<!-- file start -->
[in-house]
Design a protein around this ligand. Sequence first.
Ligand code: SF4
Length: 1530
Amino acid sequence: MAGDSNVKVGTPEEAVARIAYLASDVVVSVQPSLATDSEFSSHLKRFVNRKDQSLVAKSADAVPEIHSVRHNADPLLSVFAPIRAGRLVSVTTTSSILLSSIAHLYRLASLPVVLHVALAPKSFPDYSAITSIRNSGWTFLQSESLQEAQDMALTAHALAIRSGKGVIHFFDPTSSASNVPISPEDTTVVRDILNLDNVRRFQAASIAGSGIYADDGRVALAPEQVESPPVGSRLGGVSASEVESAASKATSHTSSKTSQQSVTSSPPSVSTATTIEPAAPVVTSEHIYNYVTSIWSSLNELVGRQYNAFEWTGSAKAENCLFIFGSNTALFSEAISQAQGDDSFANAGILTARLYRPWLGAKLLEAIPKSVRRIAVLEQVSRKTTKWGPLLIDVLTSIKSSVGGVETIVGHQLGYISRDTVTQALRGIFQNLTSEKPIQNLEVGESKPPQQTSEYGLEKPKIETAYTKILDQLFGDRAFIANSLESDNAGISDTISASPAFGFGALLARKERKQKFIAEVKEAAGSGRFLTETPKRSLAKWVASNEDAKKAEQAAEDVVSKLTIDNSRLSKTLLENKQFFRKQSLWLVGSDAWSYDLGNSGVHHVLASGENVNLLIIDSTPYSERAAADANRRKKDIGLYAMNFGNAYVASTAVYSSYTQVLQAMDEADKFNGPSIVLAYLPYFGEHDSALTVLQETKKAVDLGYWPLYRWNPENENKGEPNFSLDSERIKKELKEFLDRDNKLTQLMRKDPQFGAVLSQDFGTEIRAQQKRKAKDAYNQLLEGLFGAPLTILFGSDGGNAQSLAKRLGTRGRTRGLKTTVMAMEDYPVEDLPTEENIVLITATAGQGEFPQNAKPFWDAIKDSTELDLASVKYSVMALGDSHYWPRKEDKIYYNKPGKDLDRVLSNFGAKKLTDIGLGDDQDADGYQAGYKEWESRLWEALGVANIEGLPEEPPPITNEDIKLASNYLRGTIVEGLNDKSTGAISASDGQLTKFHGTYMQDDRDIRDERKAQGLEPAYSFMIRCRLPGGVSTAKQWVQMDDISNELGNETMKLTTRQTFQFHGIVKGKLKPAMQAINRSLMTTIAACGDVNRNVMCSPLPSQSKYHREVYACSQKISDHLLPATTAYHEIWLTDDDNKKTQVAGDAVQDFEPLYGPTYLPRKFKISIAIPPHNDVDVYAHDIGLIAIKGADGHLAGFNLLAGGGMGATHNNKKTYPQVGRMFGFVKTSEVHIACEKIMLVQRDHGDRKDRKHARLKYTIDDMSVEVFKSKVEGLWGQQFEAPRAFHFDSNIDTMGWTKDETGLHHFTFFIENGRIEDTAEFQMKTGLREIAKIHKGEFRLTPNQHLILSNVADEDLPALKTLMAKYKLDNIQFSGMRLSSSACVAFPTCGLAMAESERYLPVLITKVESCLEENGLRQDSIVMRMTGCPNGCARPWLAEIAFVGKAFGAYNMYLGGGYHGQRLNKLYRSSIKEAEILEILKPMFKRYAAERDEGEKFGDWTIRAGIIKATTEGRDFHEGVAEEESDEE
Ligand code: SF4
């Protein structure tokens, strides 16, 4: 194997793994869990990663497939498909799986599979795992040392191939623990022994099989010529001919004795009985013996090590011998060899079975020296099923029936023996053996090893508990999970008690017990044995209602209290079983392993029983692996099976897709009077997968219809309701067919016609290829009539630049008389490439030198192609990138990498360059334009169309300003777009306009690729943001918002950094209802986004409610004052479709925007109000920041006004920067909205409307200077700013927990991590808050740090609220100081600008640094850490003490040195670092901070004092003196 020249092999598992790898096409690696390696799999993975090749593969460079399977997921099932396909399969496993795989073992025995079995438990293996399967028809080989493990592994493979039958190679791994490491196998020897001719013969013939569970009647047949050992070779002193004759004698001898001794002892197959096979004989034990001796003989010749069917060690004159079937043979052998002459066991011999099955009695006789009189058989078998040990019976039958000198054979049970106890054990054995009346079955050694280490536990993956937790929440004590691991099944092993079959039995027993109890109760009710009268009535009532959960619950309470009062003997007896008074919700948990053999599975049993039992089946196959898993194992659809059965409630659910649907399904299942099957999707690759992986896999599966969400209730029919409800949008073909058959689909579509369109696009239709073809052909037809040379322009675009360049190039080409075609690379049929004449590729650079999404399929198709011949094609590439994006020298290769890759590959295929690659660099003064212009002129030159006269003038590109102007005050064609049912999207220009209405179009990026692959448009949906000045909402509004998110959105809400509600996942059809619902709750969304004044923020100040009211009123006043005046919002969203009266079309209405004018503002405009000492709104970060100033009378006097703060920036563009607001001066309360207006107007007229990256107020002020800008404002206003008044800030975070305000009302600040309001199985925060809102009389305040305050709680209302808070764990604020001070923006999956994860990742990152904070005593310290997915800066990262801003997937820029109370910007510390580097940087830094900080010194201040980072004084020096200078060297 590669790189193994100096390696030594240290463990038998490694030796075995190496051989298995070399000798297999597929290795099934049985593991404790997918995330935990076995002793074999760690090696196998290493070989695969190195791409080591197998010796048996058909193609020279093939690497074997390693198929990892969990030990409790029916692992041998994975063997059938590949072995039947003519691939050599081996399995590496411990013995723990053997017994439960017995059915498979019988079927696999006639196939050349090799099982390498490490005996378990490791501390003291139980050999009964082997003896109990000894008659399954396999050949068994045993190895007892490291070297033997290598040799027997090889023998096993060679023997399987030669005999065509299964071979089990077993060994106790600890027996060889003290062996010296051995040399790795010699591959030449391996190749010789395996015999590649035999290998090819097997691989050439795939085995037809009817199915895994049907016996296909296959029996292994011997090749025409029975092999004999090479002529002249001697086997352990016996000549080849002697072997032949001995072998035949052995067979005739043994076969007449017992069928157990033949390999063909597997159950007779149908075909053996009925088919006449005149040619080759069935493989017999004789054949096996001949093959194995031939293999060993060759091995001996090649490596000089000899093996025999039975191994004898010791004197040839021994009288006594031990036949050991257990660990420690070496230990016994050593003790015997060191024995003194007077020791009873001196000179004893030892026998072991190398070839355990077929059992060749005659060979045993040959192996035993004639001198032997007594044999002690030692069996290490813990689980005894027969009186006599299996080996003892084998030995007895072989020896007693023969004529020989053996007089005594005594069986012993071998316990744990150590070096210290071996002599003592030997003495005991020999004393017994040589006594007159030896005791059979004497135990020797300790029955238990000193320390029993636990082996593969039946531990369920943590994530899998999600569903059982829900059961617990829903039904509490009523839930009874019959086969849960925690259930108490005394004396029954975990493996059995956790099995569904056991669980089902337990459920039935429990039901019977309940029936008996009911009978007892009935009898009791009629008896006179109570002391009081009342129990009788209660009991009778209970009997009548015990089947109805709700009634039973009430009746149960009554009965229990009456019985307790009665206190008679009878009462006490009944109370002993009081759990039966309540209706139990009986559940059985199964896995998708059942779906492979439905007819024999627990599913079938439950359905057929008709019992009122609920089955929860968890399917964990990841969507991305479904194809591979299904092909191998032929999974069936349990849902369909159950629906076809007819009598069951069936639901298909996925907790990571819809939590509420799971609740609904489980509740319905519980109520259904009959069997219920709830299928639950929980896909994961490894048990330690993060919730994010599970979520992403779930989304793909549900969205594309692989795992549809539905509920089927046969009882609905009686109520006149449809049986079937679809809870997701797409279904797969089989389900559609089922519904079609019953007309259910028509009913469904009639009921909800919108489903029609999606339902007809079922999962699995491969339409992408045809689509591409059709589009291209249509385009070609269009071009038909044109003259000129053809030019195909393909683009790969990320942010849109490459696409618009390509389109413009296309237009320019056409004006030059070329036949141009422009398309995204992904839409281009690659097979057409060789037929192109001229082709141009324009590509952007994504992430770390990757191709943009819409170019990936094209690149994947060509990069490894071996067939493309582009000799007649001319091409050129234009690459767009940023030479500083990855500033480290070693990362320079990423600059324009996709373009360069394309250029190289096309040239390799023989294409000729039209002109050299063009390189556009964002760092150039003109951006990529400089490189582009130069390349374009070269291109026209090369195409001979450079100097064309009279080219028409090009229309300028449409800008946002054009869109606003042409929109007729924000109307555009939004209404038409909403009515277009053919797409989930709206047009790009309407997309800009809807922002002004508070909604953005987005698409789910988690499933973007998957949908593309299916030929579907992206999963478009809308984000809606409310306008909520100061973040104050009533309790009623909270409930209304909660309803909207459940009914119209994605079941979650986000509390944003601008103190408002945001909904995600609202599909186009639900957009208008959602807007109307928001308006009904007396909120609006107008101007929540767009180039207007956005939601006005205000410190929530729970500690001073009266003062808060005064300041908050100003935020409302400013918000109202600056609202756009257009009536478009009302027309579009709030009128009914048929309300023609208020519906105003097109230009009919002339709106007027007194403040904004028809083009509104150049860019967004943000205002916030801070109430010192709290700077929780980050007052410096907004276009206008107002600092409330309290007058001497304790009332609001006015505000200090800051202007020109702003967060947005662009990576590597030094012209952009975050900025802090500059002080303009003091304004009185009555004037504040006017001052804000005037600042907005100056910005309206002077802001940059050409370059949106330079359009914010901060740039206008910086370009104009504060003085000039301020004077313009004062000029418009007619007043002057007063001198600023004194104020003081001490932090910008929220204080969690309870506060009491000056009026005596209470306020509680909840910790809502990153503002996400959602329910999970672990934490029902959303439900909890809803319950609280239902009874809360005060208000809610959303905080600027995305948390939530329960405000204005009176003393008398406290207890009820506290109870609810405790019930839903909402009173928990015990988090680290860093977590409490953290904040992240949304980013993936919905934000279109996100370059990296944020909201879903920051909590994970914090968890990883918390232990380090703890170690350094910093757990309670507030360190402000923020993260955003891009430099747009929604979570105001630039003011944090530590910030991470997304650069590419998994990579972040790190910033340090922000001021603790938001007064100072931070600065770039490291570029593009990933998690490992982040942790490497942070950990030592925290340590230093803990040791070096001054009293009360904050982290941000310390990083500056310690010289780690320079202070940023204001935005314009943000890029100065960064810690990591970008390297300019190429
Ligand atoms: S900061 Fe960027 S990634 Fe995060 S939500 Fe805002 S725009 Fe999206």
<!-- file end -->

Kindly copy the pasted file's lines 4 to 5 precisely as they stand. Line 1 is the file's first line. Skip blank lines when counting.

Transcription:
Length: 1530
Amino acid sequence: MAGDSNVKVGTPEEAVARIAYLASDVVVSVQPSLATDSEFSSHLKRFVNRKDQSLVAKSADAVPEIHSVRHNADPLLSVFAPIRAGRLVSVTTTSSILLSSIAHLYRLASLPVVLHVALAPKSFPDYSAITSIRNSGWTFLQSESLQEAQDMALTAHALAIRSGKGVIHFFDPTSSASNVPISPEDTTVVRDILNLDNVRRFQAASIAGSGIYADDGRVALAPEQVESPPVGSRLGGVSASEVESAASKATSHTSSKTSQQSVTSSPPSVSTATTIEPAAPVVTSEHIYNYVTSIWSSLNELVGRQYNAFEWTGSAKAENCLFIFGSNTALFSEAISQAQGDDSFANAGILTARLYRPWLGAKLLEAIPKSVRRIAVLEQVSRKTTKWGPLLIDVLTSIKSSVGGVETIVGHQLGYISRDTVTQALRGIFQNLTSEKPIQNLEVGESKPPQQTSEYGLEKPKIETAYTKILDQLFGDRAFIANSLESDNAGISDTISASPAFGFGALLARKERKQKFIAEVKEAAGSGRFLTETPKRSLAKWVASNEDAKKAEQAAEDVVSKLTIDNSRLSKTLLENKQFFRKQSLWLVGSDAWSYDLGNSGVHHVLASGENVNLLIIDSTPYSERAAADANRRKKDIGLYAMNFGNAYVASTAVYSSYTQVLQAMDEADKFNGPSIVLAYLPYFGEHDSALTVLQETKKAVDLGYWPLYRWNPENENKGEPNFSLDSERIKKELKEFLDRDNKLTQLMRKDPQFGAVLSQDFGTEIRAQQKRKAKDAYNQLLEGLFGAPLTILFGSDGGNAQSLAKRLGTRGRTRGLKTTVMAMEDYPVEDLPTEENIVLITATAGQGEFPQNAKPFWDAIKDSTELDLASVKYSVMALGDSHYWPRKEDKIYYNKPGKDLDRVLSNFGAKKLTDIGLGDDQDADGYQAGYKEWESRLWEALGVANIEGLPEEPPPITNEDIKLASNYLRGTIVEGLNDKSTGAISASDGQLTKFHGTYMQDDRDIRDERKAQGLEPAYSFMIRCRLPGGVSTAKQWVQMDDISNELGNETMKLTTRQTFQFHGIVKGKLKPAMQAINRSLMTTIAACGDVNRNVMCSPLPSQSKYHREVYACSQKISDHLLPATTAYHEIWLTDDDNKKTQVAGDAVQDFEPLYGPTYLPRKFKISIAIPPHNDVDVYAHDIGLIAIKGADGHLAGFNLLAGGGMGATHNNKKTYPQVGRMFGFVKTSEVHIACEKIMLVQRDHGDRKDRKHARLKYTIDDMSVEVFKSKVEGLWGQQFEAPRAFHFDSNIDTMGWTKDETGLHHFTFFIENGRIEDTAEFQMKTGLREIAKIHKGEFRLTPNQHLILSNVADEDLPALKTLMAKYKLDNIQFSGMRLSSSACVAFPTCGLAMAESERYLPVLITKVESCLEENGLRQDSIVMRMTGCPNGCARPWLAEIAFVGKAFGAYNMYLGGGYHGQRLNKLYRSSIKEAEILEILKPMFKRYAAERDEGEKFGDWTIRAGIIKATTEGRDFHEGVAEEESDEE